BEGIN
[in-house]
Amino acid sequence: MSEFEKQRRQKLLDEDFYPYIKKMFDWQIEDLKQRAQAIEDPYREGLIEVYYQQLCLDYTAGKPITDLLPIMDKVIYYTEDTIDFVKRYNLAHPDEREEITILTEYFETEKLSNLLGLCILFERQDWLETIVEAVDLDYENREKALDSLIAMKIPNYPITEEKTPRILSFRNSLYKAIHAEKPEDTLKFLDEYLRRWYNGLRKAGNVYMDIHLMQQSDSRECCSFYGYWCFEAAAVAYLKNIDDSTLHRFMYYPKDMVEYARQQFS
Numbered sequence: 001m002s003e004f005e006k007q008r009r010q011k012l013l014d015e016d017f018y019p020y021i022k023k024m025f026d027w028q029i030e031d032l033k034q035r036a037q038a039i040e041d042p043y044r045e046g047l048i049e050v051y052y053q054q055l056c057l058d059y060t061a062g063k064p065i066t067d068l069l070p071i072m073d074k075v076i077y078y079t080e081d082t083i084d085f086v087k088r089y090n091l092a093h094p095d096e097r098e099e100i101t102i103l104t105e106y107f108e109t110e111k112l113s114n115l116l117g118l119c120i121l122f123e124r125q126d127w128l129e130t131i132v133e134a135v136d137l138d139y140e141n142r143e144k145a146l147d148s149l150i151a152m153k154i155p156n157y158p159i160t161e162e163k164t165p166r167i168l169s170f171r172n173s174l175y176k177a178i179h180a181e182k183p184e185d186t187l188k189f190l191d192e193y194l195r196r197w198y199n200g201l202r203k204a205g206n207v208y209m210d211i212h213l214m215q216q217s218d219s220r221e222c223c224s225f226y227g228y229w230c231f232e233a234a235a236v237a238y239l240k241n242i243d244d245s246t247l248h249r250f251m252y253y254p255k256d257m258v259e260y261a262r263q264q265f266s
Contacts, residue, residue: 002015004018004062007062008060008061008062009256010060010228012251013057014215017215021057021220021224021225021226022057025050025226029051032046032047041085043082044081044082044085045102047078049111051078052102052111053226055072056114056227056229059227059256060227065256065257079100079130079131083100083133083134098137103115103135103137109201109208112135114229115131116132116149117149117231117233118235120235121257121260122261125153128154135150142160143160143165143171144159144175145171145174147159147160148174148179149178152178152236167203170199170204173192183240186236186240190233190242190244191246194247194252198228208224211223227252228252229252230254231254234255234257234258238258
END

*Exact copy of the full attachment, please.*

[in-house]
Amino acid sequence: MSEFEKQRRQKLLDEDFYPYIKKMFDWQIEDLKQRAQAIEDPYREGLIEVYYQQLCLDYTAGKPITDLLPIMDKVIYYTEDTIDFVKRYNLAHPDEREEITILTEYFETEKLSNLLGLCILFERQDWLETIVEAVDLDYENREKALDSLIAMKIPNYPITEEKTPRILSFRNSLYKAIHAEKPEDTLKFLDEYLRRWYNGLRKAGNVYMDIHLMQQSDSRECCSFYGYWCFEAAAVAYLKNIDDSTLHRFMYYPKDMVEYARQQFS
Numbered sequence: 001m002s003e004f005e006k007q008r009r010q011k012l013l014d015e016d017f018y019p020y021i022k023k024m025f026d027w028q029i030e031d032l033k034q035r036a037q038a039i040e041d042p043y044r045e046g047l048i049e050v051y052y053q054q055l056c057l058d059y060t061a062g063k064p065i066t067d068l069l070p071i072m073d074k075v076i077y078y079t080e081d082t083i084d085f086v087k088r089y090n091l092a093h094p095d096e097r098e099e100i101t102i103l104t105e106y107f108e109t110e111k112l113s114n115l116l117g118l119c120i121l122f123e124r125q126d127w128l129e130t131i132v133e134a135v136d137l138d139y140e141n142r143e144k145a146l147d148s149l150i151a152m153k154i155p156n157y158p159i160t161e162e163k164t165p166r167i168l169s170f171r172n173s174l175y176k177a178i179h180a181e182k183p184e185d186t187l188k189f190l191d192e193y194l195r196r197w198y199n200g201l202r203k204a205g206n207v208y209m210d211i212h213l214m215q216q217s218d219s220r221e222c223c224s225f226y227g228y229w230c231f232e233a234a235a236v237a238y239l240k241n242i243d244d245s246t247l248h249r250f251m252y253y254p255k256d257m258v259e260y261a262r263q264q265f266s
Contacts, residue, residue: 002015004018004062007062008060008061008062009256010060010228012251013057014215017215021057021220021224021225021226022057025050025226029051032046032047041085043082044081044082044085045102047078049111051078052102052111053226055072056114056227056229059227059256060227065256065257079100079130079131083100083133083134098137103115103135103137109201109208112135114229115131116132116149117149117231117233118235120235121257121260122261125153128154135150142160143160143165143171144159144175145171145174147159147160148174148179149178152178152236167203170199170204173192183240186236186240190233190242190244191246194247194252198228208224211223227252228252229252230254231254234255234257234258238258